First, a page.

As the American Geological Institute’s 1999–2000 Congressional Science Fellow, I have exchanged the world of science for the world of politics. Over the next year, I will report to you from this new world, and I hope to persuade some of you to make a similar journey.
In olden days, the exploration of new lands was motivated by the search for material riches. As one might expect from an academic, my current exploration is motivated less by material gain than by curiosity. In particular, I want to know what role science plays in developing public policy and how scientists can make their voices heard.
Each year several dozen scientists descend upon Washington, D.C., driven by the desire to contribute their knowledge and experience to shaping public policy and eager to learn the workings of the political process. The addition of the American Geological Institute’s fellowship last year makes earth science well represented. This year’s class of Congressional Science Fellows contains four geoscientists. As Washington neophytes, we are taken under the care and protection of the American Association for the Advancement of Science (AAAS), which has a quarter century of experience in training scientists to work with policy-makers.
AAAS serves as our interpreter in this political world, which is foreign to many of us, giving us an almost anthropological tour of the federal government (a book by one former science fellow captures the anthropological side of politics in its title, Tribes on the Hill). A recurring theme in our two-week orientation was that scientists constitute one “tribe” and politicians another, and that cultural overlap between the two tribes is rare. As science fellows, we attempt to bridge both cultures, and this means understanding the different goals and means of scientists and policy-makers.
We learned our most important cultural lesson first, in a discussion on the American experiment in government. In our democracy, politicians play two roles: advancing the public (national) welfare, and representing their constituencies. Observers of the political process often speak of “the two Congresses”—a senator or representative spends the week on Capitol Hill developing national legislation and then goes home to address local concerns. A politician must represent constituents who are themselves often divided on issues, and find a way to reconcile local interests with the national good. These pressures, together with the short-term focus of our political process (requiring continuous accountability to voters), combine to produce a policy-making culture that values compromise, rapid decision making and personal interactions. As scientists, we have the opportunity to be part of “the two Congresses”—to contribute our technical knowledge to national policy-making and to express our opinions as constituents.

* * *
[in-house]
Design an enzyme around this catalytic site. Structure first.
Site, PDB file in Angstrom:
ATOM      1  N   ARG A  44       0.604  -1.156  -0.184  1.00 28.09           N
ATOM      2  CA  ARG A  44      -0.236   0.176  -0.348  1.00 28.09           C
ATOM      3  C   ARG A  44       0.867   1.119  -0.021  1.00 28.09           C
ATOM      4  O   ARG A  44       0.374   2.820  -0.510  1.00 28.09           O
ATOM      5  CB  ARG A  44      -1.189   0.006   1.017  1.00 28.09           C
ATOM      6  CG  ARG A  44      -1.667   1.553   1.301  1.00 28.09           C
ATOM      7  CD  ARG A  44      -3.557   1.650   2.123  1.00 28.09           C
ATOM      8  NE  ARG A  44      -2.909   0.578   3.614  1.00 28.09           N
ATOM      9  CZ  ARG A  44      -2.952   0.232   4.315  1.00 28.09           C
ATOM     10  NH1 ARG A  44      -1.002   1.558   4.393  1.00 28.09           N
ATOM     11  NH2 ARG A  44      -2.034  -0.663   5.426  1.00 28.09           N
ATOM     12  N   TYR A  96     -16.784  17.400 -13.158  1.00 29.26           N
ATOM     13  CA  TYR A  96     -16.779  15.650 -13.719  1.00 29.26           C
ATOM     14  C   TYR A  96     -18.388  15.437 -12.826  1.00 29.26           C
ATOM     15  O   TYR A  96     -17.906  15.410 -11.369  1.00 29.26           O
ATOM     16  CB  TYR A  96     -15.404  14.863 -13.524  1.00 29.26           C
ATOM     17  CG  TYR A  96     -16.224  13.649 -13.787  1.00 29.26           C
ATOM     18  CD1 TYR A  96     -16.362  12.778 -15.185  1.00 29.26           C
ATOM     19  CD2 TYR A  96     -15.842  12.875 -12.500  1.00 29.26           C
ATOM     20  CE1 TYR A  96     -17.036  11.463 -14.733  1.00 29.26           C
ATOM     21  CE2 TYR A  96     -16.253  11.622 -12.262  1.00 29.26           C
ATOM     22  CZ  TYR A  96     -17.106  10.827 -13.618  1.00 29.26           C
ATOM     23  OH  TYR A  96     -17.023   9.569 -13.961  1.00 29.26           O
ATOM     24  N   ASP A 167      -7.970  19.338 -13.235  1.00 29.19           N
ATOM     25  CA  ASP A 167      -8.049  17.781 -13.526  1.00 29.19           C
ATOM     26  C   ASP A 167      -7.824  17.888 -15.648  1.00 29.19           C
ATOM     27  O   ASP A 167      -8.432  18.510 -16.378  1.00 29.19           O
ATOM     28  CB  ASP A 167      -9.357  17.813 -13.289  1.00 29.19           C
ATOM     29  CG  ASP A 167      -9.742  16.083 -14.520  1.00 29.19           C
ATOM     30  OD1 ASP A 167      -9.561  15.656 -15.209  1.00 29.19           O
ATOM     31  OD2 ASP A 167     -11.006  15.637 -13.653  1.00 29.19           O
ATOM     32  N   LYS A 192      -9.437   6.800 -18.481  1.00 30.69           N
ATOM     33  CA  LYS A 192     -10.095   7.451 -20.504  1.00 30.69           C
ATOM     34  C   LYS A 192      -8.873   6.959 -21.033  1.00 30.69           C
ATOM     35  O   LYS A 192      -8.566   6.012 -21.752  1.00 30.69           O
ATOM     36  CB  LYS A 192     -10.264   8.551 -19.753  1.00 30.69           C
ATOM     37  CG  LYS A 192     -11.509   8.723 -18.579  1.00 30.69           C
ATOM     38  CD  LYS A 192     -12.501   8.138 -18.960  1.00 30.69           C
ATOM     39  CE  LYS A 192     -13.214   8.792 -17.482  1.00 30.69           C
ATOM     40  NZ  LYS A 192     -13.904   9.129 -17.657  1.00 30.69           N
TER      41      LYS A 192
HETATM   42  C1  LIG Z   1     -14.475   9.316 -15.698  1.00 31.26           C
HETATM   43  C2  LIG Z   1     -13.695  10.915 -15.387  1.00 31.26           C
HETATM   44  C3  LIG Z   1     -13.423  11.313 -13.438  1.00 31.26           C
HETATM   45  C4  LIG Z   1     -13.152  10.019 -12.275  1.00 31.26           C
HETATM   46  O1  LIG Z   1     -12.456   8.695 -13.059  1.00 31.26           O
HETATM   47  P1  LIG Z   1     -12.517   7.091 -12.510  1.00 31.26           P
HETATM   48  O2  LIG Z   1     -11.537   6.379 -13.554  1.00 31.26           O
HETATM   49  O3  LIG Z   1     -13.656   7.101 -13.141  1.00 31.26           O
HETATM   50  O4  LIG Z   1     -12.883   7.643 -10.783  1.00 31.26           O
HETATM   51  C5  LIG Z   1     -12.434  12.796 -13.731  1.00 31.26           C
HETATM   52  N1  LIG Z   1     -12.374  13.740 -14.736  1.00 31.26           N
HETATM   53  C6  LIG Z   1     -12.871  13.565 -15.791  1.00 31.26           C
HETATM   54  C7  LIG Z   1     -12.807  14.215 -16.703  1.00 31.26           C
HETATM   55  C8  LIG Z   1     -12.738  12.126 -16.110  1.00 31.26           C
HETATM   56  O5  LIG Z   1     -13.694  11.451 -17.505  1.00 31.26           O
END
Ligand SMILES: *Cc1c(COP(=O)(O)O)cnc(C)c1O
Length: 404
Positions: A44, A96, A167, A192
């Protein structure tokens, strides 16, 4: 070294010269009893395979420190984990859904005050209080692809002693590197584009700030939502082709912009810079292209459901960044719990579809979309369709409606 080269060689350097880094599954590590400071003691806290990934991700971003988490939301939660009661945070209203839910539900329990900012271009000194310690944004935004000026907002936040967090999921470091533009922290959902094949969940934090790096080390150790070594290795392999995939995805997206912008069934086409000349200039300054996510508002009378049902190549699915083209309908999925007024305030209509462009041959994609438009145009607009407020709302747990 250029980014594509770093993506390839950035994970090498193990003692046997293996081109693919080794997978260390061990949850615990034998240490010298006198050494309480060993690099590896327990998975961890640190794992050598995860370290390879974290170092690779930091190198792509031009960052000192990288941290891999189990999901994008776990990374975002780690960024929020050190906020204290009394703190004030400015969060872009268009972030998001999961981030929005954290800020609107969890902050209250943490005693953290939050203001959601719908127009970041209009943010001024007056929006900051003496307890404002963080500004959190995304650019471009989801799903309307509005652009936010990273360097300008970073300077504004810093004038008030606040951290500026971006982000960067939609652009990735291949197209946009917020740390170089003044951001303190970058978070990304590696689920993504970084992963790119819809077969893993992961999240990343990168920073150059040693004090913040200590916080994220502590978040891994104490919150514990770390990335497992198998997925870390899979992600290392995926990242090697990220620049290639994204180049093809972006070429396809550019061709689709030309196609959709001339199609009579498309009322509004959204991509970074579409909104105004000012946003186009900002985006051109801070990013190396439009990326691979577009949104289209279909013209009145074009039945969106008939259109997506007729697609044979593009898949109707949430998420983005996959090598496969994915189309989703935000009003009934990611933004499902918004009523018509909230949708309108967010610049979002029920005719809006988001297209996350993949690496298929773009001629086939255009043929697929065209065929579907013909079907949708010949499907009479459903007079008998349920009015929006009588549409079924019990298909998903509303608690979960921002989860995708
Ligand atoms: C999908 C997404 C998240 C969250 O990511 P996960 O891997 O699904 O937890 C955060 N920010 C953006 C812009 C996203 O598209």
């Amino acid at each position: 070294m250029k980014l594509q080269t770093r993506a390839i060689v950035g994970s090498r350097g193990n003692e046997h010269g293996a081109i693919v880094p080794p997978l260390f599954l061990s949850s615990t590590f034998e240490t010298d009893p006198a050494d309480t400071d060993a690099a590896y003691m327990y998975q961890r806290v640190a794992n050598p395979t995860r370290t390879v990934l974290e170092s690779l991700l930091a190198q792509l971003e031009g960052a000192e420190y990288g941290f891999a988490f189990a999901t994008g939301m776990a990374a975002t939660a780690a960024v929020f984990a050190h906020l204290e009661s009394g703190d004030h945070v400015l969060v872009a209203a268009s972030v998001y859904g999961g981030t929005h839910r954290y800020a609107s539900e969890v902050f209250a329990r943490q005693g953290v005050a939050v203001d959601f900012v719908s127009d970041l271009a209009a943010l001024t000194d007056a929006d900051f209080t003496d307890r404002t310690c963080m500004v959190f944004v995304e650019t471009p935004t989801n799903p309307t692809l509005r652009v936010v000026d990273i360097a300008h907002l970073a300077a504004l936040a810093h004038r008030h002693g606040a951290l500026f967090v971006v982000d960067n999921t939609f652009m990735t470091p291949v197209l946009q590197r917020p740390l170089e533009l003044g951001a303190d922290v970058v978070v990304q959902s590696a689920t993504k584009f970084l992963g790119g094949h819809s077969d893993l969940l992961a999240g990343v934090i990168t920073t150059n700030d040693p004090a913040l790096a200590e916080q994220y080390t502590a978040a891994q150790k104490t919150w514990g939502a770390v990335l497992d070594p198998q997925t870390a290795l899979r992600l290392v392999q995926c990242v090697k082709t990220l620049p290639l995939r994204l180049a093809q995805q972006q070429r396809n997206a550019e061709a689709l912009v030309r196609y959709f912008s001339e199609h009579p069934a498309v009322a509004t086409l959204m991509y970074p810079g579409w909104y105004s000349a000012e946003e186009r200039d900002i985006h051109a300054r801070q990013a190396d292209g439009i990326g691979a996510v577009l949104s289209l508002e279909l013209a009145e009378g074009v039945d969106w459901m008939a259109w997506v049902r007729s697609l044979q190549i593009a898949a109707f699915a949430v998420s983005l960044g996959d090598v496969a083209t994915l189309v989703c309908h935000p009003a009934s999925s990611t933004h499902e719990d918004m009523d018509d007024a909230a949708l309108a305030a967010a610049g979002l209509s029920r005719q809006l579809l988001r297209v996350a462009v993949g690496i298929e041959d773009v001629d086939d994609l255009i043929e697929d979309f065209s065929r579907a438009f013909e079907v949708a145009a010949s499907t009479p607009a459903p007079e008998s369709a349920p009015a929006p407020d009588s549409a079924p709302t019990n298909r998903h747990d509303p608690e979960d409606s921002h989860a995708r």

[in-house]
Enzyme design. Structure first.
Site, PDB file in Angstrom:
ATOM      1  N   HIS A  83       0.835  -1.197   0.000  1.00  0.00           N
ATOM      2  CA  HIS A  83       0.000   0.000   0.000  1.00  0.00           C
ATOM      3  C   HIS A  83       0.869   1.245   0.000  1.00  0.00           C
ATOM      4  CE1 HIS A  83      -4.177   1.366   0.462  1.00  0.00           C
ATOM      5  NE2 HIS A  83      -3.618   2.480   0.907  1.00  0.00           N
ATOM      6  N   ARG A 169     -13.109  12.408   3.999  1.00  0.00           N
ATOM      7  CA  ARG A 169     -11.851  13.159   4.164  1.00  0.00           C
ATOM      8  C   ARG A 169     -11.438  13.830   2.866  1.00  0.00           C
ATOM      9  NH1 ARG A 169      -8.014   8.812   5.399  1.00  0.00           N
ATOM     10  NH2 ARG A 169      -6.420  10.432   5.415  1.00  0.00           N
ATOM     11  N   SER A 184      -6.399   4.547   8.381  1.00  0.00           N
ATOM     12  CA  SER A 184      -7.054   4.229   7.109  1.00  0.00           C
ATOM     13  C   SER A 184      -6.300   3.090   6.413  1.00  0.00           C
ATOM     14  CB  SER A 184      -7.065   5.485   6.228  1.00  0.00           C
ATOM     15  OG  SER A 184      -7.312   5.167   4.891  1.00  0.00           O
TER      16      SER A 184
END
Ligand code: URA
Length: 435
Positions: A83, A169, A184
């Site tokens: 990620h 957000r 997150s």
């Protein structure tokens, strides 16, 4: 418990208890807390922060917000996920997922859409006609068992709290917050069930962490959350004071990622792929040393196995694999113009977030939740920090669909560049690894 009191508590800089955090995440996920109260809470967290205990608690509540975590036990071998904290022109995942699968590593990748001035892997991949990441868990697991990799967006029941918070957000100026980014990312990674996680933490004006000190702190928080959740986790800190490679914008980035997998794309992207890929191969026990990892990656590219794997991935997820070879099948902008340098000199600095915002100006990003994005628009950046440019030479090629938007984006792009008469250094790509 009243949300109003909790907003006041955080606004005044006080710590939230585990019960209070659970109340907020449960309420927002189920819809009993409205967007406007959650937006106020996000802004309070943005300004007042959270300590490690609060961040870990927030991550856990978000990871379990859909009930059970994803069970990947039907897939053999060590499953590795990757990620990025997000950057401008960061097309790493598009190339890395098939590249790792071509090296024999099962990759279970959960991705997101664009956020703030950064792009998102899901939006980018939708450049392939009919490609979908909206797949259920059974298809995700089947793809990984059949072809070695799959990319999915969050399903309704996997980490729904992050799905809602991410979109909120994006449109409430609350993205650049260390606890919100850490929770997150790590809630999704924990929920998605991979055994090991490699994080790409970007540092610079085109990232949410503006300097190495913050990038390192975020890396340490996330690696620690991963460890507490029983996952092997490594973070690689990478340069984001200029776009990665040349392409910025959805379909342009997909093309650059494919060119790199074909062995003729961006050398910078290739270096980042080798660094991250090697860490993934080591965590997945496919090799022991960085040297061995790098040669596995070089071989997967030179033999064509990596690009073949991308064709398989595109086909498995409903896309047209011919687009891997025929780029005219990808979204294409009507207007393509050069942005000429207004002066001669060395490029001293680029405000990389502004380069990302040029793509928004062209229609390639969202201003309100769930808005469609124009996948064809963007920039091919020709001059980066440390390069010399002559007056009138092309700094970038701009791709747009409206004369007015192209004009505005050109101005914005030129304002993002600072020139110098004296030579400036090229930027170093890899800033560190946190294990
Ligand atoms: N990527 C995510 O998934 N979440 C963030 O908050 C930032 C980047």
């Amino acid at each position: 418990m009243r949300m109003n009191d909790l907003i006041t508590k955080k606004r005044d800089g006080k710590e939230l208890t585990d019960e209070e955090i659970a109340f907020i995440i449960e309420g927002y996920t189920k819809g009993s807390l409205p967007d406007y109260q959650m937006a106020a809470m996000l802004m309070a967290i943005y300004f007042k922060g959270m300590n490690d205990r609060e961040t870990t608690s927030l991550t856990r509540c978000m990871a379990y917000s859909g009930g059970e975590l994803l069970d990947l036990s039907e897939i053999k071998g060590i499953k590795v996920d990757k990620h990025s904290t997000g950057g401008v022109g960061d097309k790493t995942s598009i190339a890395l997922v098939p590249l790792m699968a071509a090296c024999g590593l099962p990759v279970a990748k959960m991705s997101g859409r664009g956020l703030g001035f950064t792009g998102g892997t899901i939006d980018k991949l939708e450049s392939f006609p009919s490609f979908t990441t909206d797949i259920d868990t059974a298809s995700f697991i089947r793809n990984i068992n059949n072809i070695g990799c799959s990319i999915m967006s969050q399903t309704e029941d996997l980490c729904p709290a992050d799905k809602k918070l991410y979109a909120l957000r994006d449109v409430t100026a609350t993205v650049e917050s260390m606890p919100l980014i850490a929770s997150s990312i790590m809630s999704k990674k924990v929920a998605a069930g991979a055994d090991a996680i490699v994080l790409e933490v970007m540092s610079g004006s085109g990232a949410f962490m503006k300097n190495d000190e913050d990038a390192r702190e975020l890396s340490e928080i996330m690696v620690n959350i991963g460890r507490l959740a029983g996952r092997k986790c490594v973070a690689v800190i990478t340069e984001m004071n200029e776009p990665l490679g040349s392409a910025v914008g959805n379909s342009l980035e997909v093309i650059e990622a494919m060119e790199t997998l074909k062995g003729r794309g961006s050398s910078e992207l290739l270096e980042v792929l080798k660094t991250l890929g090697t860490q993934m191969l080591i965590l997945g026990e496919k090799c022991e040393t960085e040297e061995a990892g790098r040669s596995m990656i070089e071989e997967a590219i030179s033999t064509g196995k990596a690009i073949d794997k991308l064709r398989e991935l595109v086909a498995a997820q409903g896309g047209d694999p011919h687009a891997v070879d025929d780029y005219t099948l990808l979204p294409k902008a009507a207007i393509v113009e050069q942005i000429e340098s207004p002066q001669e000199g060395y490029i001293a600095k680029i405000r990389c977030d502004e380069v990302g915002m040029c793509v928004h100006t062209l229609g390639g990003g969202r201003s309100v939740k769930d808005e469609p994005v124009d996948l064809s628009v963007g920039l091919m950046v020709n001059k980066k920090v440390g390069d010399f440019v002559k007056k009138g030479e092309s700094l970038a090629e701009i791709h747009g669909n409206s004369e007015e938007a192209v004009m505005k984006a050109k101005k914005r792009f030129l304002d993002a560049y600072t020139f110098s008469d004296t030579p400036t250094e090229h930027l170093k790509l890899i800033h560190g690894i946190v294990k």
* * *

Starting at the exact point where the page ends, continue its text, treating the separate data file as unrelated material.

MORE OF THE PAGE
Each Congressional Science Fellow could choose to work as a staff member of a committee, focusing on the technical details of policy, or as a member of the personal staff of a senator or representative, having more direct involvement with constituents and the politics of building consensus “back home” in the state or district.
I am working in the office of Sen. Ron Wyden (D, Ore.), where I am engaged in both politics and policy. Sen. Wyden sits on three committees that address earth science issues: Energy and Natural Resources; Environment and Public Works; and Commerce, Science and Transportation. He also represents a state in which conflicts over resource use and protection are played out in a very real way. My earth science perspective on resource issues will prove valuable. Earth scientists are ideally trained to understand how to balance resource use and environmental protection.
My first project is to review recent progress in groundwater cleanup efforts at the Hanford nuclear weapons complex in southeastern Washington state. Contaminants from Hanford drain into the Columbia River, potentially harming communities and natural resources downstream in Oregon. This project, and another initiative on seismic retrofitting of public building in Portland, obviously demand my geologic knowledge. Nonetheless, my fellowship has also demanded my scientific perspectives on issues that stretch well beyond my scientific discipline. Much of my work so far has been on public land management, urban planning and salmon restoration.
The Congressional Science Fellowship provides both a chance to learn about a wide variety of policy topics and how legislation is developed and passed. I spend my days drafting legislation, talking with lobbyists and constituents, and always asking the question, “How does this affect Oregon?” The fellowship takes me a long way from wetlands and waders, but it offers an invaluable opportunity to make a difference in the broader world. I invite you to talk to me further about geoscience and public policy.
McLellan, who will spend one year working on the Hill, is a professor of geology at the University of
Maryland, where she has created and taught courses on environmental science and policy. E-mail: <Eileen_